I agree with Dean_W that contacting a landscaping company would be a good way to acquire this large an amount of soil (56 square feet, helpfully calculated by jusconjill .) You want topsoil and some compost, if possible. If you can go pick up the soil you can avoid delivery charges--but lacking a truck, you might find it easier just to have the company deliver.
That's 40 cubic feet to fill them to the top. There are 3 cubic ft bags of soil at most garden centers and if you ask for the damaged bags you can usually get them for half off. May not get all you want at once but saving a buck here and there starts to add up!
I got the new "Square Foot Gardening" book by Mel Bartholomew for Christmas and plan to try it. He gives a fairly inexpensive formula for box soil. Not sure if I would be allowed to include it here but it is only 3 ingredients, including compost as one. Oh well, the other 2 are peat moss and vermiculite. He makes it all sound easy. It is an entertaining and informational book so I would recommend it to you. I am just a regular person, not affiliated with Mel or the book! Will report back on my success as time goes on.
Hi Kapr - I'm starting my first box/raised garden this year too. How did you construct your boxes? Someone recommended using 2x12 cedar planks, but we are having a hard time finding them. Any thoughts?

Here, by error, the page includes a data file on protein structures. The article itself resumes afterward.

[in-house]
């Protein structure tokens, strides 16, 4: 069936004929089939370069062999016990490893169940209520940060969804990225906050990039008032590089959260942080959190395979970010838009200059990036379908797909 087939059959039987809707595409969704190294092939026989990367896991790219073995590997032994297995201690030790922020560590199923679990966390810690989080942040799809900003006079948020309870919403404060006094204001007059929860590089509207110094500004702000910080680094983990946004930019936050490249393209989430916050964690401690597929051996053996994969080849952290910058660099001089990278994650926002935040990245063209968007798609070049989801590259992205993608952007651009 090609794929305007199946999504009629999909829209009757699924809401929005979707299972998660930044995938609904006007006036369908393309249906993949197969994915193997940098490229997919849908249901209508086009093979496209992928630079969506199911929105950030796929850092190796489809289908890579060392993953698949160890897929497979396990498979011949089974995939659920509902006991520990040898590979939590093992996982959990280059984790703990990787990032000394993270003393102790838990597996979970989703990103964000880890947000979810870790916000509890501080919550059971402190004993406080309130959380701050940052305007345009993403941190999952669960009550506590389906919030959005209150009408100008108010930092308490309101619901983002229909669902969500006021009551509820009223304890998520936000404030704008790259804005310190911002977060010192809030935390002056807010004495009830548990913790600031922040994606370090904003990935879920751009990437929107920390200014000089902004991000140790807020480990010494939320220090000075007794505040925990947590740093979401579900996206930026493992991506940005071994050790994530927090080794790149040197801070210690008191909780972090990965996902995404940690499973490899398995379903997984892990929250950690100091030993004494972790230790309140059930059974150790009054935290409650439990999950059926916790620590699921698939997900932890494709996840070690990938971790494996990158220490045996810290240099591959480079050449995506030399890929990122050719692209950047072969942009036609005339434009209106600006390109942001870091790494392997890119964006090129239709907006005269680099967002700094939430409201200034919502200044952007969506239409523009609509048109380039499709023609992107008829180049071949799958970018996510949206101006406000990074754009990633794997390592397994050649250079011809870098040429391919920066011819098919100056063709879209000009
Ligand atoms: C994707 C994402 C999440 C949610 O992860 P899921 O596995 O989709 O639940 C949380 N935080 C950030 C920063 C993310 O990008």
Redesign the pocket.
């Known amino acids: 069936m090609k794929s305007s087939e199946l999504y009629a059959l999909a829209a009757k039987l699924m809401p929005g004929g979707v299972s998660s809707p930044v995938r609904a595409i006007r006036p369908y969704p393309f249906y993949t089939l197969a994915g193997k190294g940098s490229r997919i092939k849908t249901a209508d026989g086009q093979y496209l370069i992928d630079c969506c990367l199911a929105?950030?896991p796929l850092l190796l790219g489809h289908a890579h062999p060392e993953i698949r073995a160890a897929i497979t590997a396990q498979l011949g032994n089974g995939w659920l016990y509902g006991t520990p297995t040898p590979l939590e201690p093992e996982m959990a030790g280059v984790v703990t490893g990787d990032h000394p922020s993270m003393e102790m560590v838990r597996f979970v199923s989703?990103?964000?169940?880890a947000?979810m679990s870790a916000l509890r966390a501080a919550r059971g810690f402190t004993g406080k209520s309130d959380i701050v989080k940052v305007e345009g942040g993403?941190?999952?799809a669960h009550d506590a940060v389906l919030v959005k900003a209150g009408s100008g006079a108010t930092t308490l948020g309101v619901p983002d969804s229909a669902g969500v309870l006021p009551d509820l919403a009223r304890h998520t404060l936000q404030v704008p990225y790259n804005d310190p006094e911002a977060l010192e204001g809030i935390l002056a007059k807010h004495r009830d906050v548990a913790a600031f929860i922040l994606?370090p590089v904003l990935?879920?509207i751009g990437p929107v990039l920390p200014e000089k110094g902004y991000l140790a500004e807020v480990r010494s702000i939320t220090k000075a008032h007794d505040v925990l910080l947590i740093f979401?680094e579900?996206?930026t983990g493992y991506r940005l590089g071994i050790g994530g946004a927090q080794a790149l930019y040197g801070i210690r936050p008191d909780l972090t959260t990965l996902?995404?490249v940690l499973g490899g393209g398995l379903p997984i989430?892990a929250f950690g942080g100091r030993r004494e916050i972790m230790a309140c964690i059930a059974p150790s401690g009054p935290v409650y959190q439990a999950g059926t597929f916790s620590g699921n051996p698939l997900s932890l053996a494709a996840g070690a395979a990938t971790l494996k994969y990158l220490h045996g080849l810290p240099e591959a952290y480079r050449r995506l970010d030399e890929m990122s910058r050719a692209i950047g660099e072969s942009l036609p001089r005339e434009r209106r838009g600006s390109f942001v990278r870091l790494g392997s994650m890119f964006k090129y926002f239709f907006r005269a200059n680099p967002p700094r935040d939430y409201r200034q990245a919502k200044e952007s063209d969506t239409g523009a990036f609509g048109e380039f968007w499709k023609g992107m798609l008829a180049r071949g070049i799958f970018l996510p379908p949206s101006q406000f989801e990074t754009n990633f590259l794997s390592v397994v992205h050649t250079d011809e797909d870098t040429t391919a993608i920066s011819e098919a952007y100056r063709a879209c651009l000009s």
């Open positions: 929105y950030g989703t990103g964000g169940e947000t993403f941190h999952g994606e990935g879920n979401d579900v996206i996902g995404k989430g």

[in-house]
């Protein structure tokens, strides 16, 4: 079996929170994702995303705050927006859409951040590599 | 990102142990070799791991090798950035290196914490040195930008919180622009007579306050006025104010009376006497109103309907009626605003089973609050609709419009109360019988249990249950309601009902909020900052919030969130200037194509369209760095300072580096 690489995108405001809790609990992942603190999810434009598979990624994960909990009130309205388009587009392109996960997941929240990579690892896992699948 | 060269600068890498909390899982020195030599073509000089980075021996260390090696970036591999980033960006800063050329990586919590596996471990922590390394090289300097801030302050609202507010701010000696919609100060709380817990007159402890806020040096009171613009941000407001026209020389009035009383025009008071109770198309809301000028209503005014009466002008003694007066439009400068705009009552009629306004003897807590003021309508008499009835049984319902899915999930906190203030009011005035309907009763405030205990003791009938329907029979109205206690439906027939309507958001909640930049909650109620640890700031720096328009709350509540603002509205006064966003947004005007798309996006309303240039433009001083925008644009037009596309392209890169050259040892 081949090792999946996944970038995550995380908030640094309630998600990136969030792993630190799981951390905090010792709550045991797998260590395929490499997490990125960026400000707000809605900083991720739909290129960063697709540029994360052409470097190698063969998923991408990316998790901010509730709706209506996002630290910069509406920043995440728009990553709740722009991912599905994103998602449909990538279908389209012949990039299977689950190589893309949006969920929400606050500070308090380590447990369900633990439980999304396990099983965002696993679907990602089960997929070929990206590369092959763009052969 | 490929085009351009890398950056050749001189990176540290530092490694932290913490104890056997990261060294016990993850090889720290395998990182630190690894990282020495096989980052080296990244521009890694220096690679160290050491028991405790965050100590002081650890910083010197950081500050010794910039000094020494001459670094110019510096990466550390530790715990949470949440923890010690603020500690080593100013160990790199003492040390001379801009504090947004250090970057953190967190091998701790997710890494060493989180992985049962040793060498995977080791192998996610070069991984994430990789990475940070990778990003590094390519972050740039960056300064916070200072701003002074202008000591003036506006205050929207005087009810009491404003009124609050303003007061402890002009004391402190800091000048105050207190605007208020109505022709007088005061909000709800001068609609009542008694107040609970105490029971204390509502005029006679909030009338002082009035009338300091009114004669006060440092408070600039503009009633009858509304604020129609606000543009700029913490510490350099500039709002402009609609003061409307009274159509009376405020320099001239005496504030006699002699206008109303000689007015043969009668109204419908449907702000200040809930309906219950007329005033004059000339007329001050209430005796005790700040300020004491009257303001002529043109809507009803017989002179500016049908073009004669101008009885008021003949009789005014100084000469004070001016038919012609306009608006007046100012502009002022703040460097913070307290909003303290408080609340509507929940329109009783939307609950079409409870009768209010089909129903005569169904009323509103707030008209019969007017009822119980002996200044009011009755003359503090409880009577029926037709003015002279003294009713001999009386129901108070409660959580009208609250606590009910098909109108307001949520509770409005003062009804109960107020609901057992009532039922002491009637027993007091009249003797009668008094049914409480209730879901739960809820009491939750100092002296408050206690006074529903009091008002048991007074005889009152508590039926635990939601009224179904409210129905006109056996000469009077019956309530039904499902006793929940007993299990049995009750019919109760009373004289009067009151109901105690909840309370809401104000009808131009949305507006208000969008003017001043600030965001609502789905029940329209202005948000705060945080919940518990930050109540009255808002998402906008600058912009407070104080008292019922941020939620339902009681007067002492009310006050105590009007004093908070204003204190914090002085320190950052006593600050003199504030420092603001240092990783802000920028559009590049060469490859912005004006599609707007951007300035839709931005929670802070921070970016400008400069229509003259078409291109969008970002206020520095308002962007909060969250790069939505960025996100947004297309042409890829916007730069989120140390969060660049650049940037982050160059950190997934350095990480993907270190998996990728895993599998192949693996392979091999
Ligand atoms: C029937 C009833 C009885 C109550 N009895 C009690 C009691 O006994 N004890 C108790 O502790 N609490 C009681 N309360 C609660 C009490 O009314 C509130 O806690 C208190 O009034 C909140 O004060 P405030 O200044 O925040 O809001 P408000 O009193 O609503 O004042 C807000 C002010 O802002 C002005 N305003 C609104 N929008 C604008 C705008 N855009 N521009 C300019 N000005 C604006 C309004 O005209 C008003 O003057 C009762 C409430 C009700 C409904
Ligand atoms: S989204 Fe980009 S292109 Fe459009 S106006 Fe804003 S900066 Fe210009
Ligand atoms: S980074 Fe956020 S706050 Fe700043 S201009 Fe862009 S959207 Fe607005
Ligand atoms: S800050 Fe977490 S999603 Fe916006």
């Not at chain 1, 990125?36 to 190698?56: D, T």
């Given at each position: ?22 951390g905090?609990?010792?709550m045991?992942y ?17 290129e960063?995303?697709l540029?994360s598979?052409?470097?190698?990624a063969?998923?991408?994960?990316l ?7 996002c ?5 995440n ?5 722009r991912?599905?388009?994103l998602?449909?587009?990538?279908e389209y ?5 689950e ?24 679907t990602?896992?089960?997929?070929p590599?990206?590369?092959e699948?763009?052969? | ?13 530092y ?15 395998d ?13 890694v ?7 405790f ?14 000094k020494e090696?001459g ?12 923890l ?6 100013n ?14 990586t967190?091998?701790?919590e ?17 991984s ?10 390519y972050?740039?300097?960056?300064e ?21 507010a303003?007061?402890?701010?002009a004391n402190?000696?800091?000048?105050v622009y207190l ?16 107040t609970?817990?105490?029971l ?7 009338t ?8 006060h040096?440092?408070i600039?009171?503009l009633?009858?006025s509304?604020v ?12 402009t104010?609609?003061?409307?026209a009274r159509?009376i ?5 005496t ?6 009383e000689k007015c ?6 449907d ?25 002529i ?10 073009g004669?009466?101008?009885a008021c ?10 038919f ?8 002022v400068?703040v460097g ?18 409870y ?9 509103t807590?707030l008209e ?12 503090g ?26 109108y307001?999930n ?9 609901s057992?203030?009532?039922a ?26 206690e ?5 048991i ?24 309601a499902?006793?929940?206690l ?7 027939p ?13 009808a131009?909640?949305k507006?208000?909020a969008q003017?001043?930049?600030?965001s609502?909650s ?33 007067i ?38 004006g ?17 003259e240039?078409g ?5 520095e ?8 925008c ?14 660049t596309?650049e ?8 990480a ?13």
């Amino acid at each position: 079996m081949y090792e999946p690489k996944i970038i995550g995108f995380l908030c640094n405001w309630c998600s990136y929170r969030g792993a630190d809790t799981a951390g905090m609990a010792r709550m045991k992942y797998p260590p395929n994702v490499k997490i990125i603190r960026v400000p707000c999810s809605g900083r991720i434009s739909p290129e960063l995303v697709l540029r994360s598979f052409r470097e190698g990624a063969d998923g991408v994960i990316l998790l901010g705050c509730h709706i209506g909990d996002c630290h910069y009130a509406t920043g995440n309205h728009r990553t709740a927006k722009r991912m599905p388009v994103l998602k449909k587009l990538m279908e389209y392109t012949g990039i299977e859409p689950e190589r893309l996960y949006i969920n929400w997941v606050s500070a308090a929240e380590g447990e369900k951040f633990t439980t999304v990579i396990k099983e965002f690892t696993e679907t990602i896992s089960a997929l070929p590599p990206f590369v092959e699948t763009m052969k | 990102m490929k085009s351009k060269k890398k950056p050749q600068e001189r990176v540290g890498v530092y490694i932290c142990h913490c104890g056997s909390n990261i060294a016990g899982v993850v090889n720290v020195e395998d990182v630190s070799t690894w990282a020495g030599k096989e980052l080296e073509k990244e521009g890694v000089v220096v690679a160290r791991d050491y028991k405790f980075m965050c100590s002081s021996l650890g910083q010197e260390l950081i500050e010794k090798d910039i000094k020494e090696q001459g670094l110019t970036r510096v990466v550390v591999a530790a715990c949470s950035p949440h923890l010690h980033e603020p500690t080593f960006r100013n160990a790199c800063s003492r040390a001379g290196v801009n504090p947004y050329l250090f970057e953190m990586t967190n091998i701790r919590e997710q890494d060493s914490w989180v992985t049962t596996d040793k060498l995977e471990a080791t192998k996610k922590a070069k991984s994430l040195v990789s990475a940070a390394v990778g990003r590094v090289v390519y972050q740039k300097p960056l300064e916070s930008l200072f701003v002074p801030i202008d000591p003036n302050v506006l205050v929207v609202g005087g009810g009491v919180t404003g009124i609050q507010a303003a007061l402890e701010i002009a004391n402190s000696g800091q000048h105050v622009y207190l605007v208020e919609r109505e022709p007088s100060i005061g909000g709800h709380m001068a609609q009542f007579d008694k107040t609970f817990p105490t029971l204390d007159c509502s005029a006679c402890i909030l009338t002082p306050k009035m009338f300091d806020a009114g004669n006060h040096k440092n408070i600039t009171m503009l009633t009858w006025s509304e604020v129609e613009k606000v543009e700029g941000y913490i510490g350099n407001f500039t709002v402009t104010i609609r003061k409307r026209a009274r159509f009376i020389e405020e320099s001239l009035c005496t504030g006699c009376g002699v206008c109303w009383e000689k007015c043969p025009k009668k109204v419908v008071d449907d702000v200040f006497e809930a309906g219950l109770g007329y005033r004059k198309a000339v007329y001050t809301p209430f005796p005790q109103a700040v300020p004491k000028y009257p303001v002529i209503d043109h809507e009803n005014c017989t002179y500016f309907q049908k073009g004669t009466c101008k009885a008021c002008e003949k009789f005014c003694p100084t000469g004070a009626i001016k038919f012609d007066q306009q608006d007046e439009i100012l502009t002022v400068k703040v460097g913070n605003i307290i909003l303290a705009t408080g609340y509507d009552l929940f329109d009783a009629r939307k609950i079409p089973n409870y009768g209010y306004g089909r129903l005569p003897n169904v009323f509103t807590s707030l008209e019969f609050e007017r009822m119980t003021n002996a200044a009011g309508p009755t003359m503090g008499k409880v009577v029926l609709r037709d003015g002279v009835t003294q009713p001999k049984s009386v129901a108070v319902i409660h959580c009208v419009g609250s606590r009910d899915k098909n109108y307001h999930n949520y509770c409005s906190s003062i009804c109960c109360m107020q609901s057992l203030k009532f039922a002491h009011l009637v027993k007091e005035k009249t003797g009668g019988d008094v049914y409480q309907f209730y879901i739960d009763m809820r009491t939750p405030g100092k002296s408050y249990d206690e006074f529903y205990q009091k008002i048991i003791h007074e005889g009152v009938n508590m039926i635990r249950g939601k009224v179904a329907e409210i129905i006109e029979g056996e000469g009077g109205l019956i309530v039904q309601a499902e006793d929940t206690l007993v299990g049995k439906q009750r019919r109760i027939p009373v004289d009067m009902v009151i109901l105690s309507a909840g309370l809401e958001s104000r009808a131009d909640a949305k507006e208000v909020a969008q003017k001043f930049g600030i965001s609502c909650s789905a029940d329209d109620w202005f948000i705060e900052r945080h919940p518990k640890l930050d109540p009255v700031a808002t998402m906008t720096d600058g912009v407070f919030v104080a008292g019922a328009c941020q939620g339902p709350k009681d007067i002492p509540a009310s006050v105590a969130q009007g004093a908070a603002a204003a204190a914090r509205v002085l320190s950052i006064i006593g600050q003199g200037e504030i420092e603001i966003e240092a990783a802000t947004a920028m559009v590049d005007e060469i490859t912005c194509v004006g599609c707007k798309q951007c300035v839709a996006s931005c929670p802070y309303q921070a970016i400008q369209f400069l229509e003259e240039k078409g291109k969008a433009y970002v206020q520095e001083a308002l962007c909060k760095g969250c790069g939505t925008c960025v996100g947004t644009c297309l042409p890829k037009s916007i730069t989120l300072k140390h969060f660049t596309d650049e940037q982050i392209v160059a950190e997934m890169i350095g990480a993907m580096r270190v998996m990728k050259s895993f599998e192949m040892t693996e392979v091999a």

Cedar can be hard to find and expensive, it depends on what part of the country you live in. You can use regular UNTREATED 2x4 or 4x4. You don't wanted treated lumber for a veggie bed. To extend the life of the lumber you can line your bed with porous landscape fabric or plastic, just have to put holes in it for drainage. Please see my article http://davesgarden.com/guides/articles/view/618/ this has some examples and a better explanation. :)
GreenerBeaner, raised beds we've made this year are 2 high 1" x 6" x 6' cedar or redwood fence planks. Deck screws attach the planks to 2" x 4" x 16" treated lumber outside the planks at the corners and every 3' along the sides. A 2 x 2 untreated is screwed to opposing 2 x 4s across the top. Seems pretty sturdy. Final touch is 6 mil plastic (water barrier) along the inside and under the edges. Some beds have an underlying cardboard barrier, some not.
Quite economical. Cedar planks are $2.39 each, redwood $2.89, finished cost under $1.50 per linear foot of side.
Compost, peat moss and vermiculite are the three fastest-breaking-down soil amendments I can think of, other than grass clippings.
I hope his new book advises adding something that lasts longer, as those degrade into powder and CO2 over 2-4 years! But I guess he has a "new system", and I don't know how the new one is supposed to work, long-term.
I'm a newly-converted fan of clean pine bark mulch (shreded and screened) , expecting it to last 4-7 years, and grit, crushed rock or even coarse sand (minerals are forever).
I'm also a long-time fan of "real soil", even if it was clayey or sandy to start with.